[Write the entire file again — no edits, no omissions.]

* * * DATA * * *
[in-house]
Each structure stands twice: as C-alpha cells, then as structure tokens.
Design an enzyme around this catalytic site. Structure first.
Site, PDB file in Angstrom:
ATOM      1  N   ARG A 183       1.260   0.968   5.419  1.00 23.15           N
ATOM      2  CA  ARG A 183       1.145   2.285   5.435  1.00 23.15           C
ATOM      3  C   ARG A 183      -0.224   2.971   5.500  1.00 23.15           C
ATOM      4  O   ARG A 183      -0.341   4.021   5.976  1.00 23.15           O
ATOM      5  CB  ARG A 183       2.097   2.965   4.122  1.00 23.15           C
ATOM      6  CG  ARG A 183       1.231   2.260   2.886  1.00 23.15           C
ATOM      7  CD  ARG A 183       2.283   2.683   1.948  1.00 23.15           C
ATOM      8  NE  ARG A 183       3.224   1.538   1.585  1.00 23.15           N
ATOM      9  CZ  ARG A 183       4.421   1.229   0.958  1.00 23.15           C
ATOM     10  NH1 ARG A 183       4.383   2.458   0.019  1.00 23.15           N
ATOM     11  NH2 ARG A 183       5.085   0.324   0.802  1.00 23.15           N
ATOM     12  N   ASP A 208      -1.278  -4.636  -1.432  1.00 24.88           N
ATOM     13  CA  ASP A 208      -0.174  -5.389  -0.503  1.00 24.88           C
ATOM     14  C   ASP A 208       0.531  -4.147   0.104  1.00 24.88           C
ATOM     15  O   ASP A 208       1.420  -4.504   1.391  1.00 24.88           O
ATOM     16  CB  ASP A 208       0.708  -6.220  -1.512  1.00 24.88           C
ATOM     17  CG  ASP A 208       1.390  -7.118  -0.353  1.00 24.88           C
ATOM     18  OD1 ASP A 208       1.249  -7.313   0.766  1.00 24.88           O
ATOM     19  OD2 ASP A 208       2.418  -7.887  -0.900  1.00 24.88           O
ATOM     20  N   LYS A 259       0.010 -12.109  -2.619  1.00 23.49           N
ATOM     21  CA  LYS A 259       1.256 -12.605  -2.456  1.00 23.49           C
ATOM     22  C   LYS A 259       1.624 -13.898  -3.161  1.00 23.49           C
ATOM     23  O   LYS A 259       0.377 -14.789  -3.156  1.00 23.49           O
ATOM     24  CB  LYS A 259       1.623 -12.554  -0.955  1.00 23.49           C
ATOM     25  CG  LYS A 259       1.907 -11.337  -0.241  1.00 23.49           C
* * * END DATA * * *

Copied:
[in-house]
Each structure stands twice: as C-alpha cells, then as structure tokens.
Design an enzyme around this catalytic site. Structure first.
Site, PDB file in Angstrom:
ATOM      1  N   ARG A 183       1.260   0.968   5.419  1.00 23.15           N
ATOM      2  CA  ARG A 183       1.145   2.285   5.435  1.00 23.15           C
ATOM      3  C   ARG A 183      -0.224   2.971   5.500  1.00 23.15           C
ATOM      4  O   ARG A 183      -0.341   4.021   5.976  1.00 23.15           O
ATOM      5  CB  ARG A 183       2.097   2.965   4.122  1.00 23.15           C
ATOM      6  CG  ARG A 183       1.231   2.260   2.886  1.00 23.15           C
ATOM      7  CD  ARG A 183       2.283   2.683   1.948  1.00 23.15           C
ATOM      8  NE  ARG A 183       3.224   1.538   1.585  1.00 23.15           N
ATOM      9  CZ  ARG A 183       4.421   1.229   0.958  1.00 23.15           C
ATOM     10  NH1 ARG A 183       4.383   2.458   0.019  1.00 23.15           N
ATOM     11  NH2 ARG A 183       5.085   0.324   0.802  1.00 23.15           N
ATOM     12  N   ASP A 208      -1.278  -4.636  -1.432  1.00 24.88           N
ATOM     13  CA  ASP A 208      -0.174  -5.389  -0.503  1.00 24.88           C
ATOM     14  C   ASP A 208       0.531  -4.147   0.104  1.00 24.88           C
ATOM     15  O   ASP A 208       1.420  -4.504   1.391  1.00 24.88           O
ATOM     16  CB  ASP A 208       0.708  -6.220  -1.512  1.00 24.88           C
ATOM     17  CG  ASP A 208       1.390  -7.118  -0.353  1.00 24.88           C
ATOM     18  OD1 ASP A 208       1.249  -7.313   0.766  1.00 24.88           O
ATOM     19  OD2 ASP A 208       2.418  -7.887  -0.900  1.00 24.88           O
ATOM     20  N   LYS A 259       0.010 -12.109  -2.619  1.00 23.49           N
ATOM     21  CA  LYS A 259       1.256 -12.605  -2.456  1.00 23.49           C
ATOM     22  C   LYS A 259       1.624 -13.898  -3.161  1.00 23.49           C
ATOM     23  O   LYS A 259       0.377 -14.789  -3.156  1.00 23.49           O
ATOM     24  CB  LYS A 259       1.623 -12.554  -0.955  1.00 23.49           C
ATOM     25  CG  LYS A 259       1.907 -11.337  -0.241  1.00 23.49           C